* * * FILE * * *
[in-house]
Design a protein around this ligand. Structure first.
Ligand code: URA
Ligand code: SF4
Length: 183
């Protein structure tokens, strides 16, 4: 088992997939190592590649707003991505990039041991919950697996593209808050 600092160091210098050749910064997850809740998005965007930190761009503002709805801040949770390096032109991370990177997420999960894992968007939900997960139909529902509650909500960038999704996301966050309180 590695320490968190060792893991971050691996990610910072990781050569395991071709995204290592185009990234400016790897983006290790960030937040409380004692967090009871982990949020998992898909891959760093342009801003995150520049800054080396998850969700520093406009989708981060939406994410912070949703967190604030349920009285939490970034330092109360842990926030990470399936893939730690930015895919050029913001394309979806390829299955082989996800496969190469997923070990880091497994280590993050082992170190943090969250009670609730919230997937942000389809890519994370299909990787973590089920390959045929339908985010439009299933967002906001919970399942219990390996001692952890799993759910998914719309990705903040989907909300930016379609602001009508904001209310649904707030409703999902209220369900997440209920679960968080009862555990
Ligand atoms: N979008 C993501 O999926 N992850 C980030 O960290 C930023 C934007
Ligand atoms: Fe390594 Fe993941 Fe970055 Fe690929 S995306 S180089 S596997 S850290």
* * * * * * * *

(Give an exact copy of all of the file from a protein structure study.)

[in-house]
Design a protein around this ligand. Structure first.
Ligand code: URA
Ligand code: SF4
Length: 183
């Protein structure tokens, strides 16, 4: 088992997939190592590649707003991505990039041991919950697996593209808050 600092160091210098050749910064997850809740998005965007930190761009503002709805801040949770390096032109991370990177997420999960894992968007939900997960139909529902509650909500960038999704996301966050309180 590695320490968190060792893991971050691996990610910072990781050569395991071709995204290592185009990234400016790897983006290790960030937040409380004692967090009871982990949020998992898909891959760093342009801003995150520049800054080396998850969700520093406009989708981060939406994410912070949703967190604030349920009285939490970034330092109360842990926030990470399936893939730690930015895919050029913001394309979806390829299955082989996800496969190469997923070990880091497994280590993050082992170190943090969250009670609730919230997937942000389809890519994370299909990787973590089920390959045929339908985010439009299933967002906001919970399942219990390996001692952890799993759910998914719309990705903040989907909300930016379609602001009508904001209310649904707030409703999902209220369900997440209920679960968080009862555990
Ligand atoms: N979008 C993501 O999926 N992850 C980030 O960290 C930023 C934007
Ligand atoms: Fe390594 Fe993941 Fe970055 Fe690929 S995306 S180089 S596997 S850290």